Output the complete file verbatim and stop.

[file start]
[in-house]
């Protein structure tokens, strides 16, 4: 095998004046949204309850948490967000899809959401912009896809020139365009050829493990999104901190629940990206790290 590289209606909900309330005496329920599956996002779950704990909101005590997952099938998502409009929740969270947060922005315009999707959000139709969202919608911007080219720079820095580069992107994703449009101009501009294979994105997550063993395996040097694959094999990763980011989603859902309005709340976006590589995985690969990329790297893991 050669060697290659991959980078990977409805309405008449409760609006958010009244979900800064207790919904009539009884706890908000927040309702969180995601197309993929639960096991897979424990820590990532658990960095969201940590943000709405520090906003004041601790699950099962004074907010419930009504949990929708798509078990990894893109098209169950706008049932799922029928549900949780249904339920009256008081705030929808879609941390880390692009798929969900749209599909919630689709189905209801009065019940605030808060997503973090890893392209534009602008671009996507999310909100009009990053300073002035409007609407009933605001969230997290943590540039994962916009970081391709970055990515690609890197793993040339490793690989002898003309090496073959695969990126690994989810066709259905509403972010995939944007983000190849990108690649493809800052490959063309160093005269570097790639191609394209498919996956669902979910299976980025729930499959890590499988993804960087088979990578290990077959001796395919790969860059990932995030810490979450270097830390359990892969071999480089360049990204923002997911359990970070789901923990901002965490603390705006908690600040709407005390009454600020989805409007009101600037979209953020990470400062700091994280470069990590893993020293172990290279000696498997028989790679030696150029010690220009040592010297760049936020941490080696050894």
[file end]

[in-house]
């Protein structure tokens, strides 16, 4: 095998004046949204309850948490967000899809959401912009896809020139365009050829493990999104901190629940990206790290 590289209606909900309330005496329920599956996002779950704990909101005590997952099938998502409009929740969270947060922005315009999707959000139709969202919608911007080219720079820095580069992107994703449009101009501009294979994105997550063993395996040097694959094999990763980011989603859902309005709340976006590589995985690969990329790297893991 050669060697290659991959980078990977409805309405008449409760609006958010009244979900800064207790919904009539009884706890908000927040309702969180995601197309993929639960096991897979424990820590990532658990960095969201940590943000709405520090906003004041601790699950099962004074907010419930009504949990929708798509078990990894893109098209169950706008049932799922029928549900949780249904339920009256008081705030929808879609941390880390692009798929969900749209599909919630689709189905209801009065019940605030808060997503973090890893392209534009602008671009996507999310909100009009990053300073002035409007609407009933605001969230997290943590540039994962916009970081391709970055990515690609890197793993040339490793690989002898003309090496073959695969990126690994989810066709259905509403972010995939944007983000190849990108690649493809800052490959063309160093005269570097790639191609394209498919996956669902979910299976980025729930499959890590499988993804960087088979990578290990077959001796395919790969860059990932995030810490979450270097830390359990892969071999480089360049990204923002997911359990970070789901923990901002965490603390705006908690600040709407005390009454600020989805409007009101600037979209953020990470400062700091994280470069990590893993020293172990290279000696498997028989790679030696150029010690220009040592010297760049936020941490080696050894």